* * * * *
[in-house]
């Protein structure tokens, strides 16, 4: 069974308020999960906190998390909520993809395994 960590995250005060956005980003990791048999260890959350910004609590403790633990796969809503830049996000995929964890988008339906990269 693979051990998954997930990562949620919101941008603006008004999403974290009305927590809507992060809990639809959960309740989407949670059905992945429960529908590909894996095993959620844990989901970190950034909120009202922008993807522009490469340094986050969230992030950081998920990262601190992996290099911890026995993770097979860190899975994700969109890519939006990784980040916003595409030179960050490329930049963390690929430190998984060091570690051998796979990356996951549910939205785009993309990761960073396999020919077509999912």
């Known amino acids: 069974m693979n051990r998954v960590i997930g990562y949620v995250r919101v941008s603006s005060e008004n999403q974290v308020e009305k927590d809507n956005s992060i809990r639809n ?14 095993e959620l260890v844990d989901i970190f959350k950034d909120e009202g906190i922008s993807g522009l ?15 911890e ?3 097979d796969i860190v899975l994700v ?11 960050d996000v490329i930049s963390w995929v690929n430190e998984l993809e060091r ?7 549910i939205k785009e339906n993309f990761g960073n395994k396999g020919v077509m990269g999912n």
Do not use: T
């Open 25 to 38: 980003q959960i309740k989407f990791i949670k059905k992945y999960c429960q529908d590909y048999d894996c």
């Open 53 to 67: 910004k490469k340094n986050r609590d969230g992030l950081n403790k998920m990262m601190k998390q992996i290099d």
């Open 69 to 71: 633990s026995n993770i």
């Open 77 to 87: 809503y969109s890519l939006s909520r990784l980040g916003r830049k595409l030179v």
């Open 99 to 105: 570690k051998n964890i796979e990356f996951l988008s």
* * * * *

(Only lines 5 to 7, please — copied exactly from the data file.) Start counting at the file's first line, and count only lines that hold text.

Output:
């Open 25 to 38: 980003q959960i309740k989407f990791i949670k059905k992945y999960c429960q529908d590909y048999d894996c």
């Open 53 to 67: 910004k490469k340094n986050r609590d969230g992030l950081n403790k998920m990262m601190k998390q992996i290099d």
């Open 69 to 71: 633990s026995n993770i």